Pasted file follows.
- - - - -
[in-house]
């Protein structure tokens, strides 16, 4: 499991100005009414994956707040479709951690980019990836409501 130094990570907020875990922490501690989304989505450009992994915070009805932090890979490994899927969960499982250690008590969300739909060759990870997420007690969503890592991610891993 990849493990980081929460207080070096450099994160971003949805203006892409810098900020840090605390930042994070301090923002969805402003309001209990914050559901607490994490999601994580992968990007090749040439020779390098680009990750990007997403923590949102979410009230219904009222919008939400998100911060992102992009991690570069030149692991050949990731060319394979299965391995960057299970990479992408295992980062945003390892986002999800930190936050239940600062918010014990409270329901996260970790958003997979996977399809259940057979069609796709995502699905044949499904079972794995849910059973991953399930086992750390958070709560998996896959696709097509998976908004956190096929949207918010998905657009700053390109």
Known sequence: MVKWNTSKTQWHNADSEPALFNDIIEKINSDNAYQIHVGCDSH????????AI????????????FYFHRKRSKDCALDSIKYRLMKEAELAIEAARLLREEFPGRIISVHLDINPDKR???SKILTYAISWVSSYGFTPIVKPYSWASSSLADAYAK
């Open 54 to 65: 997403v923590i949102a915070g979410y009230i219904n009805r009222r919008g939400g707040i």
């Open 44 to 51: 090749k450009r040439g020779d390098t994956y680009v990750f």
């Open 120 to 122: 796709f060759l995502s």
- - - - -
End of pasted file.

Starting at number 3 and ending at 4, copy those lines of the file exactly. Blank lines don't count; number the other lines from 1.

Known sequence: MVKWNTSKTQWHNADSEPALFNDIIEKINSDNAYQIHVGCDSH????????AI????????????FYFHRKRSKDCALDSIKYRLMKEAELAIEAARLLREEFPGRIISVHLDINPDKR???SKILTYAISWVSSYGFTPIVKPYSWASSSLADAYAK
């Open 54 to 65: 997403v923590i949102a915070g979410y009230i219904n009805r009222r919008g939400g707040i």